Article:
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Dedication || 1: At A Nation's Crisis

This little volume has but one purpose—to give an authentic, useful, and readable account of the Pony Express. This wonderful enterprise played an important part in history, and demonstrated what American spirit can accomplish. It showed that the "heroes of sixty-one" were not all south of Mason and Dixon's line fighting each other. And, strange to say, little of a formal nature has been written concerning it.

I have sought to bring to light and make accessible to all readers the more important facts of the Pony Express—its inception, organization and development, its importance to history, its historical background, and some of the anecdotes incidental to its operation.

The subject leads one into a wide range of fascinating material, all interesting though much of it is irrelevant. In itself this material is fragmentary and incoherent. It would be quite easy to fill many pages with western adventure having no special bearing upon the central topic. While I have diverged occasionally from the thread of the narrative, my purpose has been merely to give where possible more background to the story, that the account as a whole might be more understandable in its relation to the general facts of history.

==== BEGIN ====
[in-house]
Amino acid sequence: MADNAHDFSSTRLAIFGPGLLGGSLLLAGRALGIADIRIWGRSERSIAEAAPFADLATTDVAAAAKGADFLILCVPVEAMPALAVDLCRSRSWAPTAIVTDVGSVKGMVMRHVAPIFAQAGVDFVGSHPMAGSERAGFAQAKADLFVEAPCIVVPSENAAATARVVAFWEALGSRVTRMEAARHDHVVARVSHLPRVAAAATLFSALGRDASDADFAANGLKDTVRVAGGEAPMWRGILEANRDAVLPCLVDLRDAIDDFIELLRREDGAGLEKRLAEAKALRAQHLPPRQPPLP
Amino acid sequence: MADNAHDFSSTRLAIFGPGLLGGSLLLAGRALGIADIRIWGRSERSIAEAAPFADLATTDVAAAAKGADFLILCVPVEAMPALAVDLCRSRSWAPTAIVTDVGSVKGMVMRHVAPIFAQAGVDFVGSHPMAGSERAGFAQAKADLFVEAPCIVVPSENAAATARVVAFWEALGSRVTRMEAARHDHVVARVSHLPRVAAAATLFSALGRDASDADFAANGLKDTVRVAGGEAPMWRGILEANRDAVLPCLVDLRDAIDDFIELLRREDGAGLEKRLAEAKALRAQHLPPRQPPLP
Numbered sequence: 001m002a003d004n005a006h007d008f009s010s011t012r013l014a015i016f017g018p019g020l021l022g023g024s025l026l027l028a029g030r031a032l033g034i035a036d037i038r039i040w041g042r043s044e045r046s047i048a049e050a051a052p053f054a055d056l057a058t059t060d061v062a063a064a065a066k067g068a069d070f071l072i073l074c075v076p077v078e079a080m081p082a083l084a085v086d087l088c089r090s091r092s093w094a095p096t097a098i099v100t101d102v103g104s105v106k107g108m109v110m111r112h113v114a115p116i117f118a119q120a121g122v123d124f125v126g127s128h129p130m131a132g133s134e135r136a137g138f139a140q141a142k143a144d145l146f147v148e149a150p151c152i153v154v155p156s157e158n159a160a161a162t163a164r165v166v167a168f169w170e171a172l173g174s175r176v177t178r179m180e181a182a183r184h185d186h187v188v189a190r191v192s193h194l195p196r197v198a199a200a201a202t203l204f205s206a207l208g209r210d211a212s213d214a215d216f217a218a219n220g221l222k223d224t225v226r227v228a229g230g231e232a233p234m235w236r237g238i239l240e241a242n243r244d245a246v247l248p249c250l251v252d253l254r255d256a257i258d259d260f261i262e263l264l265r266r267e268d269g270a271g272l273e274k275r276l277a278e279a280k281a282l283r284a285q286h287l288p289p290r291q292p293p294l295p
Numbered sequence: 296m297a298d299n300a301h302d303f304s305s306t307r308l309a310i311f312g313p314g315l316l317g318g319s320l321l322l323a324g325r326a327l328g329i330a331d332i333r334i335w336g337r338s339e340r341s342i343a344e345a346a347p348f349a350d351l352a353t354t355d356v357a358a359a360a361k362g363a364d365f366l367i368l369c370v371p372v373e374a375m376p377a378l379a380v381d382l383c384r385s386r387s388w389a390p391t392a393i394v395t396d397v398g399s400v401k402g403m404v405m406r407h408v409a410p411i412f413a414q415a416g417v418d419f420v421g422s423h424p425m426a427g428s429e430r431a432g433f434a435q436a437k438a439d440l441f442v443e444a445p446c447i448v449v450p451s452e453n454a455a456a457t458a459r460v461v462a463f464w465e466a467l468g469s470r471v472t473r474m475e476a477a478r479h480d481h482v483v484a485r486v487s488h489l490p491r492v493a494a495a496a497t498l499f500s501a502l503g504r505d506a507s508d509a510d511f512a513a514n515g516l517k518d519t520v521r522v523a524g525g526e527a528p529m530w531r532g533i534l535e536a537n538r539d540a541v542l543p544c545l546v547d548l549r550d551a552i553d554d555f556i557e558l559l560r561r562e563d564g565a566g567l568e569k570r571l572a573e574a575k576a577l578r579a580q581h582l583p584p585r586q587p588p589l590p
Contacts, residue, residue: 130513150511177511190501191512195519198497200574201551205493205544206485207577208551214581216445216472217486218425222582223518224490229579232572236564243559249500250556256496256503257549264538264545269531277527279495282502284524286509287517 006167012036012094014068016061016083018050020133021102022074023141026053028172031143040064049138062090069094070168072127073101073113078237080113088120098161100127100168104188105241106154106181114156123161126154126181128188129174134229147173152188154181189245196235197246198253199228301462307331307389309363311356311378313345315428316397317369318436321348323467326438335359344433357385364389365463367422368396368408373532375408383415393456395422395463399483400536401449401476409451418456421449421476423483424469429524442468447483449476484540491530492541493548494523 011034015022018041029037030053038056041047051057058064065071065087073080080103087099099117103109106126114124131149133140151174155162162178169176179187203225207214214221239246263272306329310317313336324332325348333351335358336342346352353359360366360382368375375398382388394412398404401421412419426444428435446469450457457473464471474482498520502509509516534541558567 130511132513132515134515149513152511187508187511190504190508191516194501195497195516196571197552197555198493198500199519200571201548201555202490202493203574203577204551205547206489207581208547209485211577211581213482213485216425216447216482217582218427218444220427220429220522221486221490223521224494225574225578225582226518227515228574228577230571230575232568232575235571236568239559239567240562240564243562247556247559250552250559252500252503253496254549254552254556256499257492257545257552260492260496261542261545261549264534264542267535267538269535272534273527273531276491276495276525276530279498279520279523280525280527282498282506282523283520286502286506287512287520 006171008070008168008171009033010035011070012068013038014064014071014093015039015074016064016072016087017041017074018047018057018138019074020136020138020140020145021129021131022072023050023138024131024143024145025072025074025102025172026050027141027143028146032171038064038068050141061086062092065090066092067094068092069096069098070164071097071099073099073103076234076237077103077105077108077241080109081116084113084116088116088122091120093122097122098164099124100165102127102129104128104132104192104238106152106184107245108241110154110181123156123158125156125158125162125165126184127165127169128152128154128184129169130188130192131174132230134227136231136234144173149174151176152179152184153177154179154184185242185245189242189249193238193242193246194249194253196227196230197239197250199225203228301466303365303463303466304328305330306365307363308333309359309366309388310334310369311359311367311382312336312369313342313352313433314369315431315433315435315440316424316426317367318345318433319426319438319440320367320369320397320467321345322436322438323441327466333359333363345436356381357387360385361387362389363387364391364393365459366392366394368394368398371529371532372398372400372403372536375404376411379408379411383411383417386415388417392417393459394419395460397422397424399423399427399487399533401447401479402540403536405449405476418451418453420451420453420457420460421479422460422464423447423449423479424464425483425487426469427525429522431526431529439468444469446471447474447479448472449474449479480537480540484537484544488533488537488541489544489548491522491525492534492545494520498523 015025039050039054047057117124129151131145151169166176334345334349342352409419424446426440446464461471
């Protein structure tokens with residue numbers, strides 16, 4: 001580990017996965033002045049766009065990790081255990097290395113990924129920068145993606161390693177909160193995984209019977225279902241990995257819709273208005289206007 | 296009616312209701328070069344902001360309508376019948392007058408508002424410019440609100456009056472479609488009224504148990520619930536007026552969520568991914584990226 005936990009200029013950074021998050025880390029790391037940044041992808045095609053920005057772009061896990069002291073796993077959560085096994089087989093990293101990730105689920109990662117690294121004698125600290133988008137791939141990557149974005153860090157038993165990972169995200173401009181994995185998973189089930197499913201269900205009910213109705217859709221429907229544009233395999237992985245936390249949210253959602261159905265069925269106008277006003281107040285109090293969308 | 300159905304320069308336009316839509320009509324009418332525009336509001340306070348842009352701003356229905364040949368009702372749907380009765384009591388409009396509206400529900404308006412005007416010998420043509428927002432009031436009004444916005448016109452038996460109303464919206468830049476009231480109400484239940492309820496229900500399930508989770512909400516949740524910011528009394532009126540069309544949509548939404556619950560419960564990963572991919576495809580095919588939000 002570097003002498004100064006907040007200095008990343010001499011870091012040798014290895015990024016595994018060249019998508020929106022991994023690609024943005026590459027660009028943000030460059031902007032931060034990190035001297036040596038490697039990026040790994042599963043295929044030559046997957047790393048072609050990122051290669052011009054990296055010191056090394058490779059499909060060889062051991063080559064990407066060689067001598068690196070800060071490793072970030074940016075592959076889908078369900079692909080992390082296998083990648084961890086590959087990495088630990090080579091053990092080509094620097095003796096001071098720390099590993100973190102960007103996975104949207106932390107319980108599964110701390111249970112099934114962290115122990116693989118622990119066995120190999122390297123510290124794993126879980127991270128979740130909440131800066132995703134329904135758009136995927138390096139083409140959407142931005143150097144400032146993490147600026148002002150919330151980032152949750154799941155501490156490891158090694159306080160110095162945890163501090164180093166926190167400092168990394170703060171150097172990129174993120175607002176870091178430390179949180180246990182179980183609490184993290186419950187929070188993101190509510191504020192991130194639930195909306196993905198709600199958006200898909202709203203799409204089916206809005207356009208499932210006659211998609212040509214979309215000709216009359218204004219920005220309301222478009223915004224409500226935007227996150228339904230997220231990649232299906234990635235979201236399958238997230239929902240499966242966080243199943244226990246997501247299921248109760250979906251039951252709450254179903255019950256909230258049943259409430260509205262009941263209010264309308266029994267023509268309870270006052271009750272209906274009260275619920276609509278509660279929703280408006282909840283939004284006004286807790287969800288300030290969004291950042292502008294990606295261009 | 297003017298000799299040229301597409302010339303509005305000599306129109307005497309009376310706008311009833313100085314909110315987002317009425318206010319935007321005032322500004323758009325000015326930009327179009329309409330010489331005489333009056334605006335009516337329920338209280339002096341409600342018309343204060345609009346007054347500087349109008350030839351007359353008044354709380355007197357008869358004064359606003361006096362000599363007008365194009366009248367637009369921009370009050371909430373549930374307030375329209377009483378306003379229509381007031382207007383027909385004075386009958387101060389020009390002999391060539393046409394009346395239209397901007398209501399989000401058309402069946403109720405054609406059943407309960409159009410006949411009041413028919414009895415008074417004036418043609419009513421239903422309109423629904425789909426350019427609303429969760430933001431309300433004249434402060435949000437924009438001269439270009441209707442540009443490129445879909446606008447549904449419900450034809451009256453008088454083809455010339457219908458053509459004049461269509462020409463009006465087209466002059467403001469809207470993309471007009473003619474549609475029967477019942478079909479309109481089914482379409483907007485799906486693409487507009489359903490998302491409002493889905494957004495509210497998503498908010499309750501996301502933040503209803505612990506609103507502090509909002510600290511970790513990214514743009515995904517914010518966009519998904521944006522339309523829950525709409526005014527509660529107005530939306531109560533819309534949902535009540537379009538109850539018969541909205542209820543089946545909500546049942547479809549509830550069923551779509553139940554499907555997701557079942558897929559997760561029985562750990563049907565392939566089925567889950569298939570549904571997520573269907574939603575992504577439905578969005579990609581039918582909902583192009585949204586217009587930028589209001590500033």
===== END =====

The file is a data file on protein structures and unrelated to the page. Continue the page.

Special acknowledgment is due Frank A. Root of Topeka, Kansas, joint author with William E. Connelley of The Overland Stage To California, an excellent compendium of data on many phases of the subject. In preparing this work, various Senate Documents have been of great value. Some interesting material is found in Inman and Cody's Salt Lake Trail.

The files of the Century Magazine, old newspaper files, Bancroft's colossal history of the West and the works of Samuel L. Clemens have also been of value in compiling the present book.